July 14, 2016

Potential economic effects of TTIP for the Netherlands

The Netherlands has economic interest in EU-US trade agreement

Press release
The Transatlantic Trade & Investment Partnership (TTIP) could potentially double Dutch exports to the United States; thus increasing GDP by around 1.7% by 2030. This is concluded by CPB researcher Hugo Rojas-Romagosa in his study on the possible impact of TTIP on the Dutch economy. The research only looked at TTIP’s economic impact.

In order to achieve such a Transatlantic Trade & Investment Partnership, the European Union and the United States have been negotiating since 2013. When these negotiations will be completed is as yet unknown. The main economic effects of TTIP are expected to result from the abolishment of customs duty and the uniformity in regulations. The degree of this uniformity is part of the negotiations.

On this subject, the European Commission is sticking to its own standards, which are non-negotiable. The Netherlands will benefit more from such a new trade agreement than the average EU Member State. Dutch exports to the United States have the potential to increase by 95%, due to lower tariffs and the non-tariff barriers to trade (NTBs). In the long term, this would have a positive impact of 1.7% on GDP in the Netherlands, whereas GDP in the EU and the United States would increase by about 1%.

TTIP will cause a shift in production and employment between sectors. The food processing sector and chemical sector could expect around 5% increase in production and employment, while the metal and transport sector would see a decrease. This impact is according to analyses using the CPB WorldScan model, which is used in the analysis of long-term issues of the international economy.

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Negotiations between the EU and the US are still ongoing. To estimate the potential impact of these negotiations, we use a scenario analysis. It is expected that the main economic effects of TTIP are generated by abolishing customs duties and aligning regulations. This harmonization is done without lowering the standards which are non-negotiable according to the European Commission. In the baseline scenario, the existing tariffs are abolished and a partial harmonization of regulations results in a reduction of non-tariff barriers to trade of about 14%. In alternative scenarios, we vary the degree of harmonization, allowing for larger or smaller reductions in non-tariff barriers to trade.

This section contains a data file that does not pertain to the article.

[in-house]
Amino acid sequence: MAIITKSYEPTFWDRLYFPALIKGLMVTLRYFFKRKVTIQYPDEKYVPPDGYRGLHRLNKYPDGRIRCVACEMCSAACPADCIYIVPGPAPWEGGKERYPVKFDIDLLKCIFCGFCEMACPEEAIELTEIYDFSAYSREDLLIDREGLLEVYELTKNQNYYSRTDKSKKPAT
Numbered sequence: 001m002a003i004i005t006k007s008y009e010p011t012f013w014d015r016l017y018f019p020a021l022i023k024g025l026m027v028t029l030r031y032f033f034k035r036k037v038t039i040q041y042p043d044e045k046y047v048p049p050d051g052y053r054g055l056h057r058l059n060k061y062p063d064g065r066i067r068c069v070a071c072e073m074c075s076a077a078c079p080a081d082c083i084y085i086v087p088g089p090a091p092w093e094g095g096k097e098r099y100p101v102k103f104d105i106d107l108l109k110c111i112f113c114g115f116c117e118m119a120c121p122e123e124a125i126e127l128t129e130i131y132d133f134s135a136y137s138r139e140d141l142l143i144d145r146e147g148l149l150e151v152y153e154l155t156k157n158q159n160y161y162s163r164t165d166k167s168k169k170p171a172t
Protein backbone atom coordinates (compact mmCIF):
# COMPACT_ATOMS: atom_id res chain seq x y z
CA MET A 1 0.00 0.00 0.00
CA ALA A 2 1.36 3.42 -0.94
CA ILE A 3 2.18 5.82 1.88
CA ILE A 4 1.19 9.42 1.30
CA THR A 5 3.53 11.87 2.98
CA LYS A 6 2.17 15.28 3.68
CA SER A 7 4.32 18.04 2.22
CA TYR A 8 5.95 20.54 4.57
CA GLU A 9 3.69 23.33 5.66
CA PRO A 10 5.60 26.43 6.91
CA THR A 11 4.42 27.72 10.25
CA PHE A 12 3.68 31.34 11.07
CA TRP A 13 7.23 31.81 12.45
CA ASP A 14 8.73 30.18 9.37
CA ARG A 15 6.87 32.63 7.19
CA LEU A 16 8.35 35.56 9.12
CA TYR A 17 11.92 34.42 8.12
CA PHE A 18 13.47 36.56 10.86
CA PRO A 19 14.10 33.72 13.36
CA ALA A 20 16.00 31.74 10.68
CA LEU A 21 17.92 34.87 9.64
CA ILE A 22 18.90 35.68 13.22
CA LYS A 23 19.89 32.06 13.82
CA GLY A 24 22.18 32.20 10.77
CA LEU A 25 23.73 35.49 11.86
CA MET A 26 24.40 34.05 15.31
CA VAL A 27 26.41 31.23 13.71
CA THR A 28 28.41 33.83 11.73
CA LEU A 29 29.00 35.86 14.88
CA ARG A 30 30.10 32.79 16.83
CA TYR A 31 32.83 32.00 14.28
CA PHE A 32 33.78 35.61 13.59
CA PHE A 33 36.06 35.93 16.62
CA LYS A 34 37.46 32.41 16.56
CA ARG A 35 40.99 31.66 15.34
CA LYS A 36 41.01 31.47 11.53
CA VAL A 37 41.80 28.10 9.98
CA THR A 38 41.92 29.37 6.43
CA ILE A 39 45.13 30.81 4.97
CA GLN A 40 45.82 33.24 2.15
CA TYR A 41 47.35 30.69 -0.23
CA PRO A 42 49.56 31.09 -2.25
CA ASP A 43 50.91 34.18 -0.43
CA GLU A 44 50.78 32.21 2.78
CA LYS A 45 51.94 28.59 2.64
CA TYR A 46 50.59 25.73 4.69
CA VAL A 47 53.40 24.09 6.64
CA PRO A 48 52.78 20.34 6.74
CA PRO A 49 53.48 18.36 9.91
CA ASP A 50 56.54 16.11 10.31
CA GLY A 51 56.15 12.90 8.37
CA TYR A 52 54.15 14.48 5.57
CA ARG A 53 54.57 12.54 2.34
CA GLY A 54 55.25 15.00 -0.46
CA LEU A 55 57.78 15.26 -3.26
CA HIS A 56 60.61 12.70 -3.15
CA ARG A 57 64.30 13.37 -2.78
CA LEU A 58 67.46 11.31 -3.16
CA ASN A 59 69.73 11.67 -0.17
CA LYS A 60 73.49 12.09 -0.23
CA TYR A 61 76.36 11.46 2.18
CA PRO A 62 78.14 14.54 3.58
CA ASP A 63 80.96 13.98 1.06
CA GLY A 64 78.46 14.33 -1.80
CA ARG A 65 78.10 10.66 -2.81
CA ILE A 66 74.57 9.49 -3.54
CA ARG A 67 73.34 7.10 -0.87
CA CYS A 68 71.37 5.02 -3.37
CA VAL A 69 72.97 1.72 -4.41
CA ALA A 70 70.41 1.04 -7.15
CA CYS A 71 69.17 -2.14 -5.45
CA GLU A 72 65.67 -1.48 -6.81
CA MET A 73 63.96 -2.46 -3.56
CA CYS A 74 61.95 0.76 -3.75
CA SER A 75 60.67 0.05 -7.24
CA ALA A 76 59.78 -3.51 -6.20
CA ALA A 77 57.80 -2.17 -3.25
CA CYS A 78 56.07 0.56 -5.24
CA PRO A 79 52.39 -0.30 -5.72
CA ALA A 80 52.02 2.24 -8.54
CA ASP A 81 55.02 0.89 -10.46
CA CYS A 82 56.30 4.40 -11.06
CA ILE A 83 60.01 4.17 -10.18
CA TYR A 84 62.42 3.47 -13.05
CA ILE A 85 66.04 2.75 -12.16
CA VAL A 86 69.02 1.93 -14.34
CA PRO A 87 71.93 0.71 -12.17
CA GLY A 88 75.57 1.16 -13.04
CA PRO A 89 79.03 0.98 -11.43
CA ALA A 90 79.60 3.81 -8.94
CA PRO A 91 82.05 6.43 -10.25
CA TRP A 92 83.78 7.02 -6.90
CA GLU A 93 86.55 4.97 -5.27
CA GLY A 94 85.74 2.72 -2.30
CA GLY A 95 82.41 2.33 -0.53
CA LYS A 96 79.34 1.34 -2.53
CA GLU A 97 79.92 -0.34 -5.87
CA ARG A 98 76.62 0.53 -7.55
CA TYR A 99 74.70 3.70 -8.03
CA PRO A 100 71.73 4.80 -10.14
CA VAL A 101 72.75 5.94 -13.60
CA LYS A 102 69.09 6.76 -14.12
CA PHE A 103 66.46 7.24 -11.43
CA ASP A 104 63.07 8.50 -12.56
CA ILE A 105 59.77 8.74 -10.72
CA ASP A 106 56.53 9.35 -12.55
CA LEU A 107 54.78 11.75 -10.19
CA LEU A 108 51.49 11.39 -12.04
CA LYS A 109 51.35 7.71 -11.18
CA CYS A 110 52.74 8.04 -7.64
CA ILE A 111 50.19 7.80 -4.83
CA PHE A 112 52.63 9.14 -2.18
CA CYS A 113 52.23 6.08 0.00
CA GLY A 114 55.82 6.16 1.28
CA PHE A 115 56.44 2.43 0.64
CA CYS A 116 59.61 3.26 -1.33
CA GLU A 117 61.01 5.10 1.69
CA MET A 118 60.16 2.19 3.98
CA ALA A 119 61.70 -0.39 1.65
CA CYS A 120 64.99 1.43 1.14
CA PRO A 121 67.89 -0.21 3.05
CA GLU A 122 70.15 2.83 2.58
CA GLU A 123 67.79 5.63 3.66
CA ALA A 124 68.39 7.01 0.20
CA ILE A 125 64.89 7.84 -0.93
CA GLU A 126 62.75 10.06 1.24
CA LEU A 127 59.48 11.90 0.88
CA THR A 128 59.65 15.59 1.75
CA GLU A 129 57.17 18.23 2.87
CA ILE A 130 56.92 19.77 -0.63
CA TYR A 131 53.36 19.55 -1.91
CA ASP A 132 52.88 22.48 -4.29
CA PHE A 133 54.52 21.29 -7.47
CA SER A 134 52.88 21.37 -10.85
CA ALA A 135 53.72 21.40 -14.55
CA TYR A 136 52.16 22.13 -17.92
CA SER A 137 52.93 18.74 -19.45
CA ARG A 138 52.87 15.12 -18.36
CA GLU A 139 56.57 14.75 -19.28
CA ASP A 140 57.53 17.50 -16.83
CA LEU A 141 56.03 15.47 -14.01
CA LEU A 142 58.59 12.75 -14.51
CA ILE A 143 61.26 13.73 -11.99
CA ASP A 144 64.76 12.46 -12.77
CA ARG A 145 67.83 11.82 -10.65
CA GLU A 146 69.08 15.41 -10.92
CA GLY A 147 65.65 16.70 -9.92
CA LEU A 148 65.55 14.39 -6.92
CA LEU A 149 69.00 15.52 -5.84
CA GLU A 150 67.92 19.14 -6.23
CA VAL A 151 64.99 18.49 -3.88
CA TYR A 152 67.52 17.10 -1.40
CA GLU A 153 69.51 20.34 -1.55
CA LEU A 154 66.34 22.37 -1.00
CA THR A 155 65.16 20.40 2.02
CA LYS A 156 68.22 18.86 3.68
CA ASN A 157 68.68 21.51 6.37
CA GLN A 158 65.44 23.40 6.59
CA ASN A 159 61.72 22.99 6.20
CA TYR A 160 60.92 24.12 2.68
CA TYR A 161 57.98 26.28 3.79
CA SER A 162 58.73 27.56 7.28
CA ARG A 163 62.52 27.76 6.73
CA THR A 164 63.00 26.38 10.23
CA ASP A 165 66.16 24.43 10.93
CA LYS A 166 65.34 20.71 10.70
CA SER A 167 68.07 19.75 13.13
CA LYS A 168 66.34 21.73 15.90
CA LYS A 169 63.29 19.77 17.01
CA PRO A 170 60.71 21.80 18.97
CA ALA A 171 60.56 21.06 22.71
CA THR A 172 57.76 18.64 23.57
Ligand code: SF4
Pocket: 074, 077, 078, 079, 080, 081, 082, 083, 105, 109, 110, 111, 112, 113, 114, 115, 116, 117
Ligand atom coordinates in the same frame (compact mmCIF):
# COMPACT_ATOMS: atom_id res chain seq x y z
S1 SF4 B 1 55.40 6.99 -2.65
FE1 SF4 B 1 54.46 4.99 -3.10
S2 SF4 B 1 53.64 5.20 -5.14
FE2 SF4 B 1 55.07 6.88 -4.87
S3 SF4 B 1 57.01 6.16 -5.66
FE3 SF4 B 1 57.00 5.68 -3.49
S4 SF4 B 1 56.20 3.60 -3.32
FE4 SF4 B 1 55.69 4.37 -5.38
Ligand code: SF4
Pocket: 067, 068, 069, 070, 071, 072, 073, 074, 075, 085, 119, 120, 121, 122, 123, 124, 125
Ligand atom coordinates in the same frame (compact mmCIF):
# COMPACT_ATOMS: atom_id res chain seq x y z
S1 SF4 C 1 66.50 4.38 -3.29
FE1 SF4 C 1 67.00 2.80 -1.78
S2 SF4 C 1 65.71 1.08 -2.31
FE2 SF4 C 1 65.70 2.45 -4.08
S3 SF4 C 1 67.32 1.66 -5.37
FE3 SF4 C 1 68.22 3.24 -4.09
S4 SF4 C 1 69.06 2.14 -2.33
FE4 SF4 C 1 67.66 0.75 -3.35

Dutch exports to the US increase by 95% due to the reductions in tariffs and non-tariff barriers to trade. This ultimately has a positive effect on GDP in the Netherlands of 1.7%. These potential benefits are higher than those for the EU and the US (where GDP increases by about 1%). TTIP creates a shift in output and employment across sectors, which is, however, smaller than the normal sectoral shifts. TTIP also creates a shift of trade between countries. Because trade between the EU and the US increases significantly, it will reduce intra-EU trade and trade with third countries. However, the total output and the income effects in these third countries will be relatively small, the output drop is less than one percent and the decline in GDP remains close to zero.

The expected economic benefits can be considered as a lower bound, because we do not consider the potential impact of increased foreign direct investment, nor the dynamic benefits of trade in terms of competition, innovation and productivity. These results are consistent with other studies on TTIP, but are dependent on the final agreement.

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